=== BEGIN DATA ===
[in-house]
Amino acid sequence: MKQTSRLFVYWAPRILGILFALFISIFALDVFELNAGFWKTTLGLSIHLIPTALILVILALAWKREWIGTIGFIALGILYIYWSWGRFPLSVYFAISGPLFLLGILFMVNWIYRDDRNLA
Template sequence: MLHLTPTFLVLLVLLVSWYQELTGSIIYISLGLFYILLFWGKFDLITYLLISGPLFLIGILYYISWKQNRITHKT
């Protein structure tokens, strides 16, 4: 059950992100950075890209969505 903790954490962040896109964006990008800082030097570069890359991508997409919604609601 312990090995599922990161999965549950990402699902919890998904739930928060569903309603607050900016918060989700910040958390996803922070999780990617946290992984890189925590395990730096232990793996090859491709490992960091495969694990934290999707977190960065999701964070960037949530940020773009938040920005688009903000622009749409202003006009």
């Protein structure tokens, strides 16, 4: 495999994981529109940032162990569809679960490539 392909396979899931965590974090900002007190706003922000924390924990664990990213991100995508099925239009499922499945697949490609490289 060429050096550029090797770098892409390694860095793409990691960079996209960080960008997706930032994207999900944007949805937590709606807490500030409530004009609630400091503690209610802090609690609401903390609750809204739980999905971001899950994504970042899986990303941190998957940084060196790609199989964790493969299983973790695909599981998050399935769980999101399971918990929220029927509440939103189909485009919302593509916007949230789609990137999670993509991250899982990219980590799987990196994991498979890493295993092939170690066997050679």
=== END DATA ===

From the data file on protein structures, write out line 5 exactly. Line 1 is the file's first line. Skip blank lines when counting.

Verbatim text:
């Protein structure tokens, strides 16, 4: 495999994981529109940032162990569809679960490539 392909396979899931965590974090900002007190706003922000924390924990664990990213991100995508099925239009499922499945697949490609490289 060429050096550029090797770098892409390694860095793409990691960079996209960080960008997706930032994207999900944007949805937590709606807490500030409530004009609630400091503690209610802090609690609401903390609750809204739980999905971001899950994504970042899986990303941190998957940084060196790609199989964790493969299983973790695909599981998050399935769980999101399971918990929220029927509440939103189909485009919302593509916007949230789609990137999670993509991250899982990219980590799987990196994991498979890493295993092939170690066997050679």